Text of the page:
Meeting News

Multidisciplinary care improves functional GI symptoms

SAN DIEGO — Patients with functional gastrointestinal disorders who underwent 3-month multidisciplinary treatment experienced superior symptom improvement compared with patients who only saw a gastroenterologist, according to data presented at Digestive Disease Week.

Gerald J. Holtmann, MD, PhD, of the University of Queensland in Australia, said that functional disorders, like irritable bowel syndrome, present difficulties for physicians, the health care system, and particularly for patients.

“Their quality of life is severely impacted,” he said in his presentation. “We need to be mindful there’s increase morbidity and mortality, not from the condition, but there are problems because of all of the futile tests and interventions which are applied actually can do harm.”

To test the efficacy of a multidisciplinary care approach, researchers recruited 35 patients (mean age 41.3 years, 81% women) with a severe manifestation of a FGID — defined as having symptoms for more than 3 years that impaired quality of life and did not sufficiently respond to previous conventional therapy — and matched them to 35 control patients with a non-severe FGID.

Patients with a severe FGID underwent a standardized assessment and treatment sessions with a GI, general practitioner, psychologist, dietitian and exercise physiologist. Controls received standard care by a GI.

The primary outcome of the study was change in number of items scored moderate and above on the Structured Assessment of Gastrointestinal Symptoms (SAGIS) scale, which is a measurement of 22 GI symptoms scored on a scale of 0 to 4.

Patients in the study had a primary diagnosis of IBS (54.3%), functional dyspepsia (11.4%) or both (34.4%).

Patients in the multidisciplinary care group saw the number of SAGIS items scored moderate and above decrease by 48% compared with a 6% decrease in the control group (P = .001). They also experienced a 36% decrease in total SAGIS score compared with 8% in the control group (P = .001). Additionally, 57% made clinically significant reductions in SAGIS scale compared with 23% in the control group.

Holtmann said their findings showed that an integrated care approach is superior to a standard model of care for patients with severe FGID manifestations.

“However, this is a starting point, and future prospective, randomized clinical trials are required to determine the relative contributions and the doses of the various components required to achieve optimal outcomes and to determine the cost-efficiency of this approach,” he said. by Alex Young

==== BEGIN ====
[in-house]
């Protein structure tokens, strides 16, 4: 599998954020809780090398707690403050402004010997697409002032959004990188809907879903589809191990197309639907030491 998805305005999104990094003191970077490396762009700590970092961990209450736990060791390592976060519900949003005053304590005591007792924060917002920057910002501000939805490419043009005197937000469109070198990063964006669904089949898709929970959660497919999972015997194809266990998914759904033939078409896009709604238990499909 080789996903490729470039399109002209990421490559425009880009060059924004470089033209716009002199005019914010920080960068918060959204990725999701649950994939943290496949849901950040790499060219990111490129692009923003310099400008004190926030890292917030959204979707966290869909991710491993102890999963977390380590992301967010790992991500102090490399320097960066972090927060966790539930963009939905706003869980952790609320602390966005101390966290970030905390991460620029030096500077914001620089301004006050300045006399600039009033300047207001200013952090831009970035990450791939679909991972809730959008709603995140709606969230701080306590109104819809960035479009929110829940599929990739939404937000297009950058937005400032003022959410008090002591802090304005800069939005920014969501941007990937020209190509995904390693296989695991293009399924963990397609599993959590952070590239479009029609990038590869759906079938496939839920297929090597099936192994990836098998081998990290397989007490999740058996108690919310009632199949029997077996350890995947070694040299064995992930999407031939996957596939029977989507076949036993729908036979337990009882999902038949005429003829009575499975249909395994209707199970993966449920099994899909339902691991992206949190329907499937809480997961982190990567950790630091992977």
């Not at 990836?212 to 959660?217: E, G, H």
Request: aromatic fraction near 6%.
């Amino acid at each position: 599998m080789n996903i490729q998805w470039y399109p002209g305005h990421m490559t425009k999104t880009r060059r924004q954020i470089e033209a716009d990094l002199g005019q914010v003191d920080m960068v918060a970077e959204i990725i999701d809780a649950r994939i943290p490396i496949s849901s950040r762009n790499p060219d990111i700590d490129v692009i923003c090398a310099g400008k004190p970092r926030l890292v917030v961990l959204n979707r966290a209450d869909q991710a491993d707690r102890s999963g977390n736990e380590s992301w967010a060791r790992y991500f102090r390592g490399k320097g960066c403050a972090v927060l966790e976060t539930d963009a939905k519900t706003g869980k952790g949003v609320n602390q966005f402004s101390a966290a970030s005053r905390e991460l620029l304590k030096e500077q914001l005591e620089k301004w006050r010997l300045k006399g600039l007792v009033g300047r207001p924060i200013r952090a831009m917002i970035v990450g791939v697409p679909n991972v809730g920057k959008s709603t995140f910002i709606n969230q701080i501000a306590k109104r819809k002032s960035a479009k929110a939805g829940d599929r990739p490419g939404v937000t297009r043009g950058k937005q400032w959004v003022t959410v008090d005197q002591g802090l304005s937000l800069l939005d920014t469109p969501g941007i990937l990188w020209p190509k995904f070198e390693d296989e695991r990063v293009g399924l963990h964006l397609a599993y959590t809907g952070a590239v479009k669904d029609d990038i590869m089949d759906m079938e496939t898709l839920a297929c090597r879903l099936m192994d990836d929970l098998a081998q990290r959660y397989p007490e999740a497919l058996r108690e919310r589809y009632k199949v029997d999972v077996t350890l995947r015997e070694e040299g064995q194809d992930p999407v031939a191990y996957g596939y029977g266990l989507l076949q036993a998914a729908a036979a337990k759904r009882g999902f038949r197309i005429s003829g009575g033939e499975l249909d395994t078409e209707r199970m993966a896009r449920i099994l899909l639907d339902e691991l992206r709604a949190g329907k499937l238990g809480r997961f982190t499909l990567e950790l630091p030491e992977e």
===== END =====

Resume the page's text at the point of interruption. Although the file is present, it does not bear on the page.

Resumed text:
Reference:

Bray N, et al. Abstract 273. Presented at: Digestive Disease Week; May 18-21, 2019; San Diego.

Disclosures: Holtmann reports no relevant financial disclosures. Please see the meeting disclosure index for all other authors’ relevant financial disclosures.

SAN DIEGO — Patients with functional gastrointestinal disorders who underwent 3-month multidisciplinary treatment experienced superior symptom improvement compared with patients who only saw a gastroenterologist, according to data presented at Digestive Disease Week.

Gerald J. Holtmann, MD, PhD, of the University of Queensland in Australia, said that functional disorders, like irritable bowel syndrome, present difficulties for physicians, the health care system, and particularly for patients.

“Their quality of life is severely impacted,” he said in his presentation. “We need to be mindful there’s increase morbidity and mortality, not from the condition, but there are problems because of all of the futile tests and interventions which are applied actually can do harm.”

To test the efficacy of a multidisciplinary care approach, researchers recruited 35 patients (mean age 41.3 years, 81% women) with a severe manifestation of a FGID — defined as having symptoms for more than 3 years that impaired quality of life and did not sufficiently respond to previous conventional therapy — and matched them to 35 control patients with a non-severe FGID.

Patients with a severe FGID underwent a standardized assessment and treatment sessions with a GI, general practitioner, psychologist, dietitian and exercise physiologist. Controls received standard care by a GI.

The primary outcome of the study was change in number of items scored moderate and above on the Structured Assessment of Gastrointestinal Symptoms (SAGIS) scale, which is a measurement of 22 GI symptoms scored on a scale of 0 to 4.

Patients in the study had a primary diagnosis of IBS (54.3%), functional dyspepsia (11.4%) or both (34.4%).

Patients in the multidisciplinary care group saw the number of SAGIS items scored moderate and above decrease by 48% compared with a 6% decrease in the control group (P = .001). They also experienced a 36% decrease in total SAGIS score compared with 8% in the control group (P = .001). Additionally, 57% made clinically significant reductions in SAGIS scale compared with 23% in the control group.

Holtmann said their findings showed that an integrated care approach is superior to a standard model of care for patients with severe FGID manifestations.

“However, this is a starting point, and future prospective, randomized clinical trials are required to determine the relative contributions and the doses of the various components required to achieve optimal outcomes and to determine the cost-efficiency of this approach,” he said. by Alex Young

Reference:

Bray N, et al. Abstract 273. Presented at: Digestive Disease Week; May 18-21, 2019; San Diego.

Disclosures: Holtmann reports no relevant financial disclosures. Please see the meeting disclosure index for all other authors’ relevant financial disclosures.

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